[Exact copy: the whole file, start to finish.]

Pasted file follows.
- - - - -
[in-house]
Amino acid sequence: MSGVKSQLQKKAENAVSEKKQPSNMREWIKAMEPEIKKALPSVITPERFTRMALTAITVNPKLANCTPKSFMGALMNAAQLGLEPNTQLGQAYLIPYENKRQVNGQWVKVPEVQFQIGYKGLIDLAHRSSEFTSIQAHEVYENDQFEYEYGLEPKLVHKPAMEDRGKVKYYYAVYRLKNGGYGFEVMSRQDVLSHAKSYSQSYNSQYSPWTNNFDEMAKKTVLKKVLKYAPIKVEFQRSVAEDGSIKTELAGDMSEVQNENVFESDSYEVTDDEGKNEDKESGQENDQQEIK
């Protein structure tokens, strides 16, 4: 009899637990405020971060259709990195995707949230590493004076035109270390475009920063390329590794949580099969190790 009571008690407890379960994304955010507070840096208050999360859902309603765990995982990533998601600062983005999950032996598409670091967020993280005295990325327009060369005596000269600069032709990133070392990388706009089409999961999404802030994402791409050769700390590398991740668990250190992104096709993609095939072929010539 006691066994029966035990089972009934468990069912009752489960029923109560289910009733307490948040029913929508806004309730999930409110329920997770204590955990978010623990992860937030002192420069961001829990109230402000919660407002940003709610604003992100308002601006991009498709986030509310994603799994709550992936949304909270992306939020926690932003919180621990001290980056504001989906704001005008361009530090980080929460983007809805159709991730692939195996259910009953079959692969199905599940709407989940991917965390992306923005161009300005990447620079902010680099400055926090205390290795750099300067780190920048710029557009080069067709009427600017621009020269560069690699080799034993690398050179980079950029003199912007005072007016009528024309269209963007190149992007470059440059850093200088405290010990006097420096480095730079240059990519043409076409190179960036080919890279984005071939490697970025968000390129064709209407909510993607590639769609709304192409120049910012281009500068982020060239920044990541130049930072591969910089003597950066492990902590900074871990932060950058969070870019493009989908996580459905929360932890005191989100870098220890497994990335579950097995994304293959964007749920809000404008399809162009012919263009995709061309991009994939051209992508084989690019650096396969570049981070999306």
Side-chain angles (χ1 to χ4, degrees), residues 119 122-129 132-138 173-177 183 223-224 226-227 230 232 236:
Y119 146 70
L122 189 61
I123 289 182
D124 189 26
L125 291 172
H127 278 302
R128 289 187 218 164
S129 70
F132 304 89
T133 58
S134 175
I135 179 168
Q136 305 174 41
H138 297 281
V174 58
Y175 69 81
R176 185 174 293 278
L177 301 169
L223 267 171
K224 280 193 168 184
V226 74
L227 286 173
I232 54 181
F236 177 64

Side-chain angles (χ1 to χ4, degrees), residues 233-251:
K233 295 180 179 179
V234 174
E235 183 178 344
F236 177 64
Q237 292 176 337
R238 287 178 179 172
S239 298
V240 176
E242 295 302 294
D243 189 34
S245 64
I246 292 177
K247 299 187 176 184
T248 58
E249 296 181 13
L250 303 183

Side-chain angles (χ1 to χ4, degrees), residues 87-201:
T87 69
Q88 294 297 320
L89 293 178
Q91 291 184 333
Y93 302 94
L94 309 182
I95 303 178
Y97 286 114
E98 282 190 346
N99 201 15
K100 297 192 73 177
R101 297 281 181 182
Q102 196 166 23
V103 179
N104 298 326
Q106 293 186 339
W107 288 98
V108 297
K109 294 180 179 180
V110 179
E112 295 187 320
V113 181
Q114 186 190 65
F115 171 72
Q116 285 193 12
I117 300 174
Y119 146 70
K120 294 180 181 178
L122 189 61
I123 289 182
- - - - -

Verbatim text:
[in-house]
Amino acid sequence: MSGVKSQLQKKAENAVSEKKQPSNMREWIKAMEPEIKKALPSVITPERFTRMALTAITVNPKLANCTPKSFMGALMNAAQLGLEPNTQLGQAYLIPYENKRQVNGQWVKVPEVQFQIGYKGLIDLAHRSSEFTSIQAHEVYENDQFEYEYGLEPKLVHKPAMEDRGKVKYYYAVYRLKNGGYGFEVMSRQDVLSHAKSYSQSYNSQYSPWTNNFDEMAKKTVLKKVLKYAPIKVEFQRSVAEDGSIKTELAGDMSEVQNENVFESDSYEVTDDEGKNEDKESGQENDQQEIK
């Protein structure tokens, strides 16, 4: 009899637990405020971060259709990195995707949230590493004076035109270390475009920063390329590794949580099969190790 009571008690407890379960994304955010507070840096208050999360859902309603765990995982990533998601600062983005999950032996598409670091967020993280005295990325327009060369005596000269600069032709990133070392990388706009089409999961999404802030994402791409050769700390590398991740668990250190992104096709993609095939072929010539 006691066994029966035990089972009934468990069912009752489960029923109560289910009733307490948040029913929508806004309730999930409110329920997770204590955990978010623990992860937030002192420069961001829990109230402000919660407002940003709610604003992100308002601006991009498709986030509310994603799994709550992936949304909270992306939020926690932003919180621990001290980056504001989906704001005008361009530090980080929460983007809805159709991730692939195996259910009953079959692969199905599940709407989940991917965390992306923005161009300005990447620079902010680099400055926090205390290795750099300067780190920048710029557009080069067709009427600017621009020269560069690699080799034993690398050179980079950029003199912007005072007016009528024309269209963007190149992007470059440059850093200088405290010990006097420096480095730079240059990519043409076409190179960036080919890279984005071939490697970025968000390129064709209407909510993607590639769609709304192409120049910012281009500068982020060239920044990541130049930072591969910089003597950066492990902590900074871990932060950058969070870019493009989908996580459905929360932890005191989100870098220890497994990335579950097995994304293959964007749920809000404008399809162009012919263009995709061309991009994939051209992508084989690019650096396969570049981070999306």
Side-chain angles (χ1 to χ4, degrees), residues 119 122-129 132-138 173-177 183 223-224 226-227 230 232 236:
Y119 146 70
L122 189 61
I123 289 182
D124 189 26
L125 291 172
H127 278 302
R128 289 187 218 164
S129 70
F132 304 89
T133 58
S134 175
I135 179 168
Q136 305 174 41
H138 297 281
V174 58
Y175 69 81
R176 185 174 293 278
L177 301 169
L223 267 171
K224 280 193 168 184
V226 74
L227 286 173
I232 54 181
F236 177 64

Side-chain angles (χ1 to χ4, degrees), residues 233-251:
K233 295 180 179 179
V234 174
E235 183 178 344
F236 177 64
Q237 292 176 337
R238 287 178 179 172
S239 298
V240 176
E242 295 302 294
D243 189 34
S245 64
I246 292 177
K247 299 187 176 184
T248 58
E249 296 181 13
L250 303 183

Side-chain angles (χ1 to χ4, degrees), residues 87-201:
T87 69
Q88 294 297 320
L89 293 178
Q91 291 184 333
Y93 302 94
L94 309 182
I95 303 178
Y97 286 114
E98 282 190 346
N99 201 15
K100 297 192 73 177
R101 297 281 181 182
Q102 196 166 23
V103 179
N104 298 326
Q106 293 186 339
W107 288 98
V108 297
K109 294 180 179 180
V110 179
E112 295 187 320
V113 181
Q114 186 190 65
F115 171 72
Q116 285 193 12
I117 300 174
Y119 146 70
K120 294 180 181 178
L122 189 61
I123 289 182